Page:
Tuesday, December 18, 2007
Thomas Sowell's most recent column will come as quite a shock even to many who are, like myself, well aware of the pervasiveness of leftism in academia. He discusses the fact that, although the '60's ended nearly 40 years ago, the basic, oft-romanticized, approach of backing demands with threats is alive and well.
It is so alive and so well, in fact, that The Chronicle of Higher Education recently ran an article on the subject, inspiring Sowell to weigh in. (Sowell does not specifically name the article, but I suspect that it was "Fearing Our Students". [subscription required])
This professor has been advised, at more than one college, not to let students know where he lives, not to give out his home phone number and to keep his home phone number from being listed.And later,
This is a very different academic world from the one in which I began teaching back in 1962. Over the years, I saw it change before my eyes.
During my first year of teaching, at Douglass College in New Jersey, I was one of the few faculty members who did not invite students to his home. In fact, I was asked by a colleague why I didn't.
"My home is a bachelor apartment" I said, "and that is not the place to invite the young women I am teaching."
His response was: "How did you get to be such an old fogy at such a young age?"
How did we get from there to where professors are being advised to not even have their phone numbers listed?
The answer to that question has implications not only for the academic world but for the society at large and for international relations.
It happened because people who ran colleges and universities were too squeamish to use the power they had.... [bold added]
One of the rare exceptions to academic cave-ins around the country during the 1960s was the University of Chicago. When students there seized an administration building, dozens of them were suspended or expelled. That put an end to that.But instead of punishing bad behavior, most institutions have rewarded it and thereby encouraged it.
There is not the slightest reason why academic institutions with far more applicants than they can accept have to put up with disruptions, violence or intimidation. Every student they expel can be replaced immediately by someone on the waiting list.
It is true that appeasement encourages more bad behavior, but as Sowell points out, things weren't always this way. Why are they different now? On what basis did appeasement become so common in Western civilization that it has crashed the gates even of the ivory tower? It is because the philosophic basis of the Enlightenment has been attacked, with the result that those who should be defending our civilization are intellectually and morally disarmed or even fail to see a need to defend it.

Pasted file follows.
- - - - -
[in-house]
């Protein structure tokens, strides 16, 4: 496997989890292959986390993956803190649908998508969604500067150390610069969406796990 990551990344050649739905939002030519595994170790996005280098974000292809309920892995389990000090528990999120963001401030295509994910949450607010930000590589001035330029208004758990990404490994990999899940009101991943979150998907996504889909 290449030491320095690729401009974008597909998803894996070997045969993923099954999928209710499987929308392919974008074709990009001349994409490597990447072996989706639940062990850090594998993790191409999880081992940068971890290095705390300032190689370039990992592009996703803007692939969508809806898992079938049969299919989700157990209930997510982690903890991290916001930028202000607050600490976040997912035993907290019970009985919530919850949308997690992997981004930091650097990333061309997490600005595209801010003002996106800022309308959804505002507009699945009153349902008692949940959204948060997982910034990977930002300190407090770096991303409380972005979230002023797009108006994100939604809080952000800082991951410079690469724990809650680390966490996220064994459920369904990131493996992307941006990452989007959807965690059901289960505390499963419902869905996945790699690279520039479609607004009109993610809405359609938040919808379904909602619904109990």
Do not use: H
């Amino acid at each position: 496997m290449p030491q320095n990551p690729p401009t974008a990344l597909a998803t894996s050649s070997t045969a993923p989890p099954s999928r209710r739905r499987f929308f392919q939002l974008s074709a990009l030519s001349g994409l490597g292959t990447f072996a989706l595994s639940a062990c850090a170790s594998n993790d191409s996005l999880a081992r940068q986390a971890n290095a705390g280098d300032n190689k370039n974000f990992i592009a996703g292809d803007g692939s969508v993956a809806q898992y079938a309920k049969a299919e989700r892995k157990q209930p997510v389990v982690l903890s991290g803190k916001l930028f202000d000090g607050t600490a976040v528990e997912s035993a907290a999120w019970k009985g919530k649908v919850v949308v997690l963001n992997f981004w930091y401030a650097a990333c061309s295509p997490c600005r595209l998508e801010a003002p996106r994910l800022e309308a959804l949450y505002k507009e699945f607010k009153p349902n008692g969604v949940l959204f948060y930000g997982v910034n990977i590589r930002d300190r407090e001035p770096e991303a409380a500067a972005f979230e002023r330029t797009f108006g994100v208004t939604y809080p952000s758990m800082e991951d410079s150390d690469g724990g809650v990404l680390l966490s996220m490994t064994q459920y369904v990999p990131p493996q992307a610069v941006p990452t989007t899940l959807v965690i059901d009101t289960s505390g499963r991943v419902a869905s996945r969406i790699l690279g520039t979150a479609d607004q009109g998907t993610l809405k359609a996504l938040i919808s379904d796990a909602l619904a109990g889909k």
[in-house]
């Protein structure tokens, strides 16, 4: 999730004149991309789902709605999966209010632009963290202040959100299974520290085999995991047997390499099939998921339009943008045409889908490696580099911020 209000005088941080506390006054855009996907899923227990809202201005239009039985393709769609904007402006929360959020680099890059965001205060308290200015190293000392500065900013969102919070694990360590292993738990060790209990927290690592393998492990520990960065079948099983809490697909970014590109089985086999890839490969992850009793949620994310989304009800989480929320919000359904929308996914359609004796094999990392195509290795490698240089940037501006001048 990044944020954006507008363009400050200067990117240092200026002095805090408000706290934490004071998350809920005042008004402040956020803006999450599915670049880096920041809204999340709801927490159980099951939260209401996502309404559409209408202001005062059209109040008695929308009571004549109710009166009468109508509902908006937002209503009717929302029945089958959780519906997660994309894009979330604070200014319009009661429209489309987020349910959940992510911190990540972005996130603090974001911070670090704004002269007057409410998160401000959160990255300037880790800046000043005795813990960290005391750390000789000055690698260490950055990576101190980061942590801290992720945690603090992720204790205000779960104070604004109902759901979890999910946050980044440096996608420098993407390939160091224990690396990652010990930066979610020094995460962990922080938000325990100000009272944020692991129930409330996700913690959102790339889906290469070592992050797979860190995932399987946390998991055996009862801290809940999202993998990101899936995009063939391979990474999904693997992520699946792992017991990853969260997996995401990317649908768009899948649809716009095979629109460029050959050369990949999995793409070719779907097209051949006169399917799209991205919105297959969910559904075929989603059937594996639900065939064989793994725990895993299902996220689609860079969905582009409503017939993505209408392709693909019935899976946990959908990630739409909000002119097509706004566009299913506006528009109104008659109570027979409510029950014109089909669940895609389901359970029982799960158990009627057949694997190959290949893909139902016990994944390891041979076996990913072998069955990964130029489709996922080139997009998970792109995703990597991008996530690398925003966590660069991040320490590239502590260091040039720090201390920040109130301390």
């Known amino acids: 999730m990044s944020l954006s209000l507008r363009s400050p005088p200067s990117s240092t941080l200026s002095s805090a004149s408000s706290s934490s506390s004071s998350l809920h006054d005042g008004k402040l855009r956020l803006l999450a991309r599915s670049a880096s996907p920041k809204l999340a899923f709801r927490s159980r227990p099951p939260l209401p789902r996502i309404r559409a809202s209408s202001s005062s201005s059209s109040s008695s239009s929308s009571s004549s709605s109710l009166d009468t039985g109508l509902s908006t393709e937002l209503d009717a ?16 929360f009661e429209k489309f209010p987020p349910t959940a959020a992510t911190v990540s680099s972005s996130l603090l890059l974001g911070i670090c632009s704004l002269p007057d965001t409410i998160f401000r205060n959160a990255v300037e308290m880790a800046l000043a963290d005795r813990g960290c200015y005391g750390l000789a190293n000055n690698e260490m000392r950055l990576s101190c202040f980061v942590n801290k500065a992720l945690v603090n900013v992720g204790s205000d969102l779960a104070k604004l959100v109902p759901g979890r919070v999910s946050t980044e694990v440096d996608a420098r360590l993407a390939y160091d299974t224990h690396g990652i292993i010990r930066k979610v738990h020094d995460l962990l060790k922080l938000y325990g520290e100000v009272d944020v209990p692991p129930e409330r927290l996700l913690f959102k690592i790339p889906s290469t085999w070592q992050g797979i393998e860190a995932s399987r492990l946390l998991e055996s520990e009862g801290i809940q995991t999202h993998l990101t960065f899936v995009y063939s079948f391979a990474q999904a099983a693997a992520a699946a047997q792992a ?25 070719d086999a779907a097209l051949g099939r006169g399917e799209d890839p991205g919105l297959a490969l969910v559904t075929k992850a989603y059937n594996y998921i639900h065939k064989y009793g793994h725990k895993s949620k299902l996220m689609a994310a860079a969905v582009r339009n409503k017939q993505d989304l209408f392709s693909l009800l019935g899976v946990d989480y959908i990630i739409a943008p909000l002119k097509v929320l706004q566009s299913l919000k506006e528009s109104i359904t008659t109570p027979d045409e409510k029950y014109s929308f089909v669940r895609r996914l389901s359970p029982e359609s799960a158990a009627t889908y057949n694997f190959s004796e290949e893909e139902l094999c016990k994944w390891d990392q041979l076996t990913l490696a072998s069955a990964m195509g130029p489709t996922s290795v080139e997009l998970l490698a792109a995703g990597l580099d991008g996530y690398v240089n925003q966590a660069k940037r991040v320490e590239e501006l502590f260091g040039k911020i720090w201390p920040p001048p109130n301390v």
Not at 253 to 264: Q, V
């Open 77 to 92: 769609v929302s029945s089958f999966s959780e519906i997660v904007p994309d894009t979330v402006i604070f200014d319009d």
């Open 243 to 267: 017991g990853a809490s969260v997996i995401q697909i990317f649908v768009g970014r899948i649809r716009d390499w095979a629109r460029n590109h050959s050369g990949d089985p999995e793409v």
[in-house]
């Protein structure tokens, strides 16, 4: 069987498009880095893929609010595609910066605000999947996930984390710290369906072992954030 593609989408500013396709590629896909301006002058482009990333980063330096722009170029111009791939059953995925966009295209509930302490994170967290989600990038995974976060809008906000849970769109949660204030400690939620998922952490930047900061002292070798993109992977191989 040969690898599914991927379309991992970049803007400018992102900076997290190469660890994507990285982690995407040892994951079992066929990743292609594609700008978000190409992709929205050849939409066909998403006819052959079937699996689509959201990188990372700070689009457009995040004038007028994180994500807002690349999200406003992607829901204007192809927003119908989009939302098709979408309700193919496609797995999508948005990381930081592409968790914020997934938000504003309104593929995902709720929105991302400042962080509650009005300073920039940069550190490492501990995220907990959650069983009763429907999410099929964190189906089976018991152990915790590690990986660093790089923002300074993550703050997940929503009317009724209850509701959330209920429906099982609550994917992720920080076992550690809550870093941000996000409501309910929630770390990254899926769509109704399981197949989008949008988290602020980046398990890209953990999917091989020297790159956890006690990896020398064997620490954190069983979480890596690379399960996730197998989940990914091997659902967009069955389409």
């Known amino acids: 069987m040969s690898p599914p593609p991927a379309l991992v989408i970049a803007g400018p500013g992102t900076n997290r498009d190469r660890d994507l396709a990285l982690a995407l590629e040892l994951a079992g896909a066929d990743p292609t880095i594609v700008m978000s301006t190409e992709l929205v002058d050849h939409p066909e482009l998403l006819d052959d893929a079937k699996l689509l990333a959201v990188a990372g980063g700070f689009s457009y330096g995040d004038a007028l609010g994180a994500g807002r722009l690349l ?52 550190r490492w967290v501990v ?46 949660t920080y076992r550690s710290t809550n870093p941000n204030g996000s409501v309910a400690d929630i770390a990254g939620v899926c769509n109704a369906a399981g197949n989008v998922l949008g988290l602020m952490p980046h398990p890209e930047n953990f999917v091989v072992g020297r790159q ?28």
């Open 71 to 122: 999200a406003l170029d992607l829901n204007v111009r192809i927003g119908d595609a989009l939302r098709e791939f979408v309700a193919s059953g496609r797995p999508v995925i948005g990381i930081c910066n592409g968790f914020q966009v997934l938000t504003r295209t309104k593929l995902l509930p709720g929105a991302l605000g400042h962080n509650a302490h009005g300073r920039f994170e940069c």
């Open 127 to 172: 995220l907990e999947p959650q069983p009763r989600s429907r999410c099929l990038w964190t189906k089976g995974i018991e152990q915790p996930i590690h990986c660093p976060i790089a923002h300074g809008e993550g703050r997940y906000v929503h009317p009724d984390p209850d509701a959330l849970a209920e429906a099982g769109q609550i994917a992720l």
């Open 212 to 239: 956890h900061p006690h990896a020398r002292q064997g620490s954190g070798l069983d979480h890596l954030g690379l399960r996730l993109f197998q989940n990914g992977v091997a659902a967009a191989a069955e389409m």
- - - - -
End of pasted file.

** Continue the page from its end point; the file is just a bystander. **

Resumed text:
Ayn Rand considered this very question long ago in "The Cashing-in: The Student 'Rebellion'", an essay she wrote in 1965, and which now appears in The Return of the Primitive. Rand concludes that the repleacement of reasoned debate with brute force in academia is the end result of the long playing-out of Immanuel Kant's philosophic attack on the validity of reason.
These "activists" are so fully, literally, loyally, devastatingly the products of modern philosophy that someone should cry out to all the university administrations and faculties: "Brothers, you asked for it!"Rand discusses such schools as Pragmatism, Logical Positivism, and Linguistic Analysis, and continues.
Mankind could not expect to remain unscathed after decades of exposure to the radiation of intellectual fission-debris, such as: "Reason is impotent to know things as they are -- reality is unknowable -- certainty is impossible -- knowledge is mere probability -- truth is that which works -- mind is a superstition -- logic is a social convention -- ethics is a matter subjective commitment to an arbitrary postulate" -- and the consequent mutations are those contorted young creatures who scream, in chronic terror, that they know nothing and want to rule everything.
With rare and academically neglected exceptions, the philosophical "mainstream" that seeps into every classroom, subject, and brain in today's universities is: epistemological agnosticism, avowed irrationalism, ethical subjectivism. Our age is witnessing the ultimate climax, the cashing-in on a long process of destruction, at the end of the road laid out by Kant.
Ever since Kant divorced reason from reality, his intellectual descendants have been diligently widening the breach. ... [bold added]
It has been said that Kant's dichotomy led to two lines of Kantian philosophers, both accepting his basic premises, but choosing opposite sides: those who chose reason, abandoning reality -- and those who chose reality, abandoning reason. The first delivered the world to the second. [bold added]Sowell is correct as far as he goes, but for college administrators and faculty to stop sympathizing with the students (a problem Sowell himself notes) or appeasing them, a real philosophic revolution is required, the one Ayn Rand herself has started with her defense of the validity of reason, her highly original approach to ethics (resulting in a morality of egoism), and culminating her moral and intellectual defense of individual rights.
Those who value the free discussion of ideas and the unstinting pursuit of truth that ought to occur in academia (and have, and can, once again), would do well to start understanding this problem by considering her thoughts on the subject, which remain relevant to this day, and to think about what she has had to say about the various issues leading to our current state.
Only then will one know what a real revolution looks like.
Today: Corrected several typos. Other minor changes.